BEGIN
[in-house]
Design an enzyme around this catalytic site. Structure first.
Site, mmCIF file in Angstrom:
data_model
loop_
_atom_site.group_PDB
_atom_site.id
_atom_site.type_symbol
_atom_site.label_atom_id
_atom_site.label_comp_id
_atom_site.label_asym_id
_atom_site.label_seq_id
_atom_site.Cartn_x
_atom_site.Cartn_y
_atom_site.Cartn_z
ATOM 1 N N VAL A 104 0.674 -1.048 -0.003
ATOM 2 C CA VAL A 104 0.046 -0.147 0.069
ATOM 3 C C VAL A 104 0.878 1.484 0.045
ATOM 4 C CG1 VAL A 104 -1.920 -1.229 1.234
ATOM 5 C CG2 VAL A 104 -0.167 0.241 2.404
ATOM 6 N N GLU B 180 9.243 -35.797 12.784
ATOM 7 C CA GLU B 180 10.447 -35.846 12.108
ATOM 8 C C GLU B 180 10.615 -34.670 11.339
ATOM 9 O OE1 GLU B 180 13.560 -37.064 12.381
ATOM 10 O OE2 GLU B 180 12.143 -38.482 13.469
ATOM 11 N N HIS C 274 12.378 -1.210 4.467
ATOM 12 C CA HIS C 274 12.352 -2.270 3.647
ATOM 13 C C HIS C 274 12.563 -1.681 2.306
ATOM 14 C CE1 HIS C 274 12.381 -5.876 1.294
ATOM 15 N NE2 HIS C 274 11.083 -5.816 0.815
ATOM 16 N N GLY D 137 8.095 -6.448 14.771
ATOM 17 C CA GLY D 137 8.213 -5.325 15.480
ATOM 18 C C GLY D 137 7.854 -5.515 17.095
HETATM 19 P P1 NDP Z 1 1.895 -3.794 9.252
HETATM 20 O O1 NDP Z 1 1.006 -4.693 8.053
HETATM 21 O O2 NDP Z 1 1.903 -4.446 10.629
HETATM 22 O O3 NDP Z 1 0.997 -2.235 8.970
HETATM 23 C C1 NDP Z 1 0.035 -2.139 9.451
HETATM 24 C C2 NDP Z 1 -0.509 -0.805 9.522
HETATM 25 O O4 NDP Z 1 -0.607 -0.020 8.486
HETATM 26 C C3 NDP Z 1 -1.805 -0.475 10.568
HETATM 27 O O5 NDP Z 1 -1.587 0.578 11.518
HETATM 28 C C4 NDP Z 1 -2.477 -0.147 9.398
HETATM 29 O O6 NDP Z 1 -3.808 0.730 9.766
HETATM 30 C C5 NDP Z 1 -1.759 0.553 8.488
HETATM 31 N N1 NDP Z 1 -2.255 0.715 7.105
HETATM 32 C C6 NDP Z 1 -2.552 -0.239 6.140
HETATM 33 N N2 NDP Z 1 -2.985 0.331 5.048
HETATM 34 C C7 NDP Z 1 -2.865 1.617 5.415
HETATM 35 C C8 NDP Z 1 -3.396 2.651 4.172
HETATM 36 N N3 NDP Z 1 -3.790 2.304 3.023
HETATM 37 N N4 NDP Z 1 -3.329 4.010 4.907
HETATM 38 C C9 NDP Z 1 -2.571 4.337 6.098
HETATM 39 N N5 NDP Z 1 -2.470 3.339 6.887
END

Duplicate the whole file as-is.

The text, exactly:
[in-house]
Design an enzyme around this catalytic site. Structure first.
Site, mmCIF file in Angstrom:
data_model
loop_
_atom_site.group_PDB
_atom_site.id
_atom_site.type_symbol
_atom_site.label_atom_id
_atom_site.label_comp_id
_atom_site.label_asym_id
_atom_site.label_seq_id
_atom_site.Cartn_x
_atom_site.Cartn_y
_atom_site.Cartn_z
ATOM 1 N N VAL A 104 0.674 -1.048 -0.003
ATOM 2 C CA VAL A 104 0.046 -0.147 0.069
ATOM 3 C C VAL A 104 0.878 1.484 0.045
ATOM 4 C CG1 VAL A 104 -1.920 -1.229 1.234
ATOM 5 C CG2 VAL A 104 -0.167 0.241 2.404
ATOM 6 N N GLU B 180 9.243 -35.797 12.784
ATOM 7 C CA GLU B 180 10.447 -35.846 12.108
ATOM 8 C C GLU B 180 10.615 -34.670 11.339
ATOM 9 O OE1 GLU B 180 13.560 -37.064 12.381
ATOM 10 O OE2 GLU B 180 12.143 -38.482 13.469
ATOM 11 N N HIS C 274 12.378 -1.210 4.467
ATOM 12 C CA HIS C 274 12.352 -2.270 3.647
ATOM 13 C C HIS C 274 12.563 -1.681 2.306
ATOM 14 C CE1 HIS C 274 12.381 -5.876 1.294
ATOM 15 N NE2 HIS C 274 11.083 -5.816 0.815
ATOM 16 N N GLY D 137 8.095 -6.448 14.771
ATOM 17 C CA GLY D 137 8.213 -5.325 15.480
ATOM 18 C C GLY D 137 7.854 -5.515 17.095
HETATM 19 P P1 NDP Z 1 1.895 -3.794 9.252
HETATM 20 O O1 NDP Z 1 1.006 -4.693 8.053
HETATM 21 O O2 NDP Z 1 1.903 -4.446 10.629
HETATM 22 O O3 NDP Z 1 0.997 -2.235 8.970
HETATM 23 C C1 NDP Z 1 0.035 -2.139 9.451
HETATM 24 C C2 NDP Z 1 -0.509 -0.805 9.522
HETATM 25 O O4 NDP Z 1 -0.607 -0.020 8.486
HETATM 26 C C3 NDP Z 1 -1.805 -0.475 10.568
HETATM 27 O O5 NDP Z 1 -1.587 0.578 11.518
HETATM 28 C C4 NDP Z 1 -2.477 -0.147 9.398
HETATM 29 O O6 NDP Z 1 -3.808 0.730 9.766
HETATM 30 C C5 NDP Z 1 -1.759 0.553 8.488
HETATM 31 N N1 NDP Z 1 -2.255 0.715 7.105
HETATM 32 C C6 NDP Z 1 -2.552 -0.239 6.140
HETATM 33 N N2 NDP Z 1 -2.985 0.331 5.048
HETATM 34 C C7 NDP Z 1 -2.865 1.617 5.415
HETATM 35 C C8 NDP Z 1 -3.396 2.651 4.172
HETATM 36 N N3 NDP Z 1 -3.790 2.304 3.023
HETATM 37 N N4 NDP Z 1 -3.329 4.010 4.907
HETATM 38 C C9 NDP Z 1 -2.571 4.337 6.098
HETATM 39 N N5 NDP Z 1 -2.470 3.339 6.887